Kiwi Kibber #2: Schooled
Posted by Nick Jacob on Wednesday, 16 July 2014 at 18:54
Bridge administrators around the world continue
to ponder how to connect with more young people. Particularly in the
Anglosphere, the majority of new players are adults rather than children or
teenagers. It seems we have resigned ourselves to the fact that young people
are too gripped by social media and swayed by the abundance of alternative
hobbies to be absorbed by the challenging and frustrating but ultimately
beautiful game we play.
It isn't like this at all. If you have not read
Justin Lall's blog (archived, but still full of wonderful information) then I
direct you to his interpretation of bridge as a teenager.
Young people, believe it or not, aren't zombies that go lifeless without a
phone. The ability to concentrate hasn't disappeared in the age of instant
access to content. The same qualities that attracted Ish and Ash, Justin Howard,
and the Edgttons to the game as kids still interest young people today.
Most young people play bridge with family
members when they start out. Many of the top players, like Denis Bilde from
Denmark, come from strong bridge-playing families. But equally, there are
others who are introduced to the game by family members but kept here by
friends and mentors they acquire through bridge. Look at Michael Whibley and
Liam Milne, for instance; both top Australian players who started young but
didn't need family mentoring to get to this level. They graduated the hard way:
building a sphere of positive influences in the scene while living and dreaming
But how do we reach across the divide to
connect with young people? I've heard it said that families don't play cards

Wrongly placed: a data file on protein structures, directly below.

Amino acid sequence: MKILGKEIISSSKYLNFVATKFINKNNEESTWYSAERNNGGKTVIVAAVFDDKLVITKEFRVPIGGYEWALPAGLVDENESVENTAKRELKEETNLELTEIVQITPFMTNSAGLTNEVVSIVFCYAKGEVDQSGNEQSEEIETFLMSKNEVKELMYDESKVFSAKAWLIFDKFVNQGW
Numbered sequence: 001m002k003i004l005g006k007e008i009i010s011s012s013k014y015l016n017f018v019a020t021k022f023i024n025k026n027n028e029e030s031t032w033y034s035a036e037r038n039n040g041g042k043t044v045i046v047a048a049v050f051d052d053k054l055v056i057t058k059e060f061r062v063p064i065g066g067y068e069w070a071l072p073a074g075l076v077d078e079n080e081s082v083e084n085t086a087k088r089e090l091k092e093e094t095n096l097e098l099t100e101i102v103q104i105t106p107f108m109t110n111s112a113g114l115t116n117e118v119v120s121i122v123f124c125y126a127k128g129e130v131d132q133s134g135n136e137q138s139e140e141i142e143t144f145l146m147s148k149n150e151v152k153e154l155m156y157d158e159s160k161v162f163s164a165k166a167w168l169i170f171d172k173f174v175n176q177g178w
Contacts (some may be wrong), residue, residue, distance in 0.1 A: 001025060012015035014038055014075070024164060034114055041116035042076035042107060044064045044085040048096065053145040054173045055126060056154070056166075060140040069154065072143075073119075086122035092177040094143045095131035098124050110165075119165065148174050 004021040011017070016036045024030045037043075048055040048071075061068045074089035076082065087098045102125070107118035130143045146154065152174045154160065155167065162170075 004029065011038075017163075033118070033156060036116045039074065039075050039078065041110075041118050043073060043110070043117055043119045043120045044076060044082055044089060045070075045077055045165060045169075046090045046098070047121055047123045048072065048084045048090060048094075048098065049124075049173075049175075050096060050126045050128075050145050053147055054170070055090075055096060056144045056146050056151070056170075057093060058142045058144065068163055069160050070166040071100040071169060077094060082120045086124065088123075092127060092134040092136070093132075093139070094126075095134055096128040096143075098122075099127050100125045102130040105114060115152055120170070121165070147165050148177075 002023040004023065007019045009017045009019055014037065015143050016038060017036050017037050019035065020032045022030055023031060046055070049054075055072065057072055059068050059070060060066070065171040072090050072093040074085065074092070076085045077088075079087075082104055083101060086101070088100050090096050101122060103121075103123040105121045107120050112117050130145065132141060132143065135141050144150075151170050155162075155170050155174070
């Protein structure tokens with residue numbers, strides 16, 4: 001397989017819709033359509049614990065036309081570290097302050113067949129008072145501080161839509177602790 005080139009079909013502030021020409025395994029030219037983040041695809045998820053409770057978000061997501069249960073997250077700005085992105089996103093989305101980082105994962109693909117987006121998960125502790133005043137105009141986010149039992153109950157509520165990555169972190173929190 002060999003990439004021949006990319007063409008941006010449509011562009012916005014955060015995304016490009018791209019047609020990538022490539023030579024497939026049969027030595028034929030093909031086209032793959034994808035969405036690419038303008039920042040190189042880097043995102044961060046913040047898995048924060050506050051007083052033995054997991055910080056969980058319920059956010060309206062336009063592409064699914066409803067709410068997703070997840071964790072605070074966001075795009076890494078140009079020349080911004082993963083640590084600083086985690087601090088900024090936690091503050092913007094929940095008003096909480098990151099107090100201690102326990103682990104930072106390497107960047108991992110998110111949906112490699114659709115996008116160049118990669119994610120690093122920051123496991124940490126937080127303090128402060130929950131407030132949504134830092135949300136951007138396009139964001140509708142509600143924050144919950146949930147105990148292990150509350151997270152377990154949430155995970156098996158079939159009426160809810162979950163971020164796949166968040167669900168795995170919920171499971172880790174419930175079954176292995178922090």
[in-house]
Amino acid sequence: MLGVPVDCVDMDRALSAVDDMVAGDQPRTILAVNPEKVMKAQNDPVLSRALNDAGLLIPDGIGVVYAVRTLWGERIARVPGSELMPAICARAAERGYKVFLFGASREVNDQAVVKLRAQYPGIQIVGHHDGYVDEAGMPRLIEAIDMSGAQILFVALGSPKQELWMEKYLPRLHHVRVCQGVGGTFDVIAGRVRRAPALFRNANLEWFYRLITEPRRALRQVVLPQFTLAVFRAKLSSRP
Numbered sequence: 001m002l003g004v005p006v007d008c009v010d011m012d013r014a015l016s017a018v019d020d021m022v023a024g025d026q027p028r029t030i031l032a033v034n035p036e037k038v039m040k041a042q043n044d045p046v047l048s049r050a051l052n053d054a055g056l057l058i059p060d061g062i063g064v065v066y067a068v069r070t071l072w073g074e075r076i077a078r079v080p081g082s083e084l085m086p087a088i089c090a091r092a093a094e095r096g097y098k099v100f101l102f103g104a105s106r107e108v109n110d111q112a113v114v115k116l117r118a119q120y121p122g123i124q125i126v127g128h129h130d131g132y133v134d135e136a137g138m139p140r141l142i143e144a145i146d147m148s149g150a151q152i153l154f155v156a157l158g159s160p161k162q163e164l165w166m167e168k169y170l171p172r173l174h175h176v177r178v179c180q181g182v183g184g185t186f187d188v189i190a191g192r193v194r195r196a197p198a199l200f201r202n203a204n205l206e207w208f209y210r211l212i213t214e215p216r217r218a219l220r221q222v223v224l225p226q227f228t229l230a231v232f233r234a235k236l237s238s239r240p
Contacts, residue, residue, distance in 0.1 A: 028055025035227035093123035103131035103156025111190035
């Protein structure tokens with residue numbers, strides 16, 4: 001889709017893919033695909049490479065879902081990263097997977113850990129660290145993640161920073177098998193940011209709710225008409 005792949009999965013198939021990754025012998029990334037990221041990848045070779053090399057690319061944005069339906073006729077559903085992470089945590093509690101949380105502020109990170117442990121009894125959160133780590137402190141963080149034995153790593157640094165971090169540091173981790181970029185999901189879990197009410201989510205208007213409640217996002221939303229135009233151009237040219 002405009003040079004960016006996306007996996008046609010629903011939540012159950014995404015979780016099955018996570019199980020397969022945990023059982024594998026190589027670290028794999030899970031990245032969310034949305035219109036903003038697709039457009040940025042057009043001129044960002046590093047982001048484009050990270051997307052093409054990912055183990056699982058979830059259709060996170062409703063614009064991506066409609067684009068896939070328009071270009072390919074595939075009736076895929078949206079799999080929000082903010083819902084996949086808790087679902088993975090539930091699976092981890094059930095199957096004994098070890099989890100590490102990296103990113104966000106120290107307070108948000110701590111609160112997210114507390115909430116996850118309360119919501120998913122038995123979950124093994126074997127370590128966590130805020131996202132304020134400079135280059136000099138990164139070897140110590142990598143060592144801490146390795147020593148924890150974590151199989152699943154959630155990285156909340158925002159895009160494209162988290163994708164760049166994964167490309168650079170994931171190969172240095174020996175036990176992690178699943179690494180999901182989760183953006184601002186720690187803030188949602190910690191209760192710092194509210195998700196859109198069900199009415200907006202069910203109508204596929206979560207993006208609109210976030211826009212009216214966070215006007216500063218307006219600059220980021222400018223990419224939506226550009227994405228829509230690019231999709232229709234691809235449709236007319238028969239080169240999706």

any more. Maybe this is true; maybe we can go a step further and say that board
games are also a thing of the past. Regardless of any truth or falsity to these
claims, one thing that is true is that kids and teenagers still enjoy puzzles, solving
problems and connecting with people. The kids who used to play euchre are now
playing Minecraft; the teenagers who used to play chess are now playing DotA
(both computer games). The social element is there, the logic element is there,
but the form has changed. To market bridge to the youth, the youth in the scene
need to be the draw.
Take Finn Rennie, for instance. Everyone has
seen him at the ANC, even if he isn't always known by name. Such is the effect
that the young have upon the bridge scene. They are refreshing, and people take
notice. Finn's the 11-year old who has been tearing it up for the Victorian
youth team. He can usually be seen cracking jokes aroung Pete Hollands, Laura
Ginnan and Justin Howard, all of whom he plays with most weeks. His mother,
Jane, introduced him to the game and brings him along to events, but he is
immersed in the social scene, not just participating in tournaments. That's
what keeps youth in the game. Most of our friends are bridge players. Many of
these bridge players live across different towns, states and countries. That
doesn't mean we grow into travelling, bridge-playing vagabonds (I don't speak
for myself here!) but it does mean we become invested in the general bridge
scene. And that's the challenge not just for bridge administrators, but for the
So, it was an easy to decision to sit behind
Finn yesterday and see him in action in Round 5. His partner would be Victoria's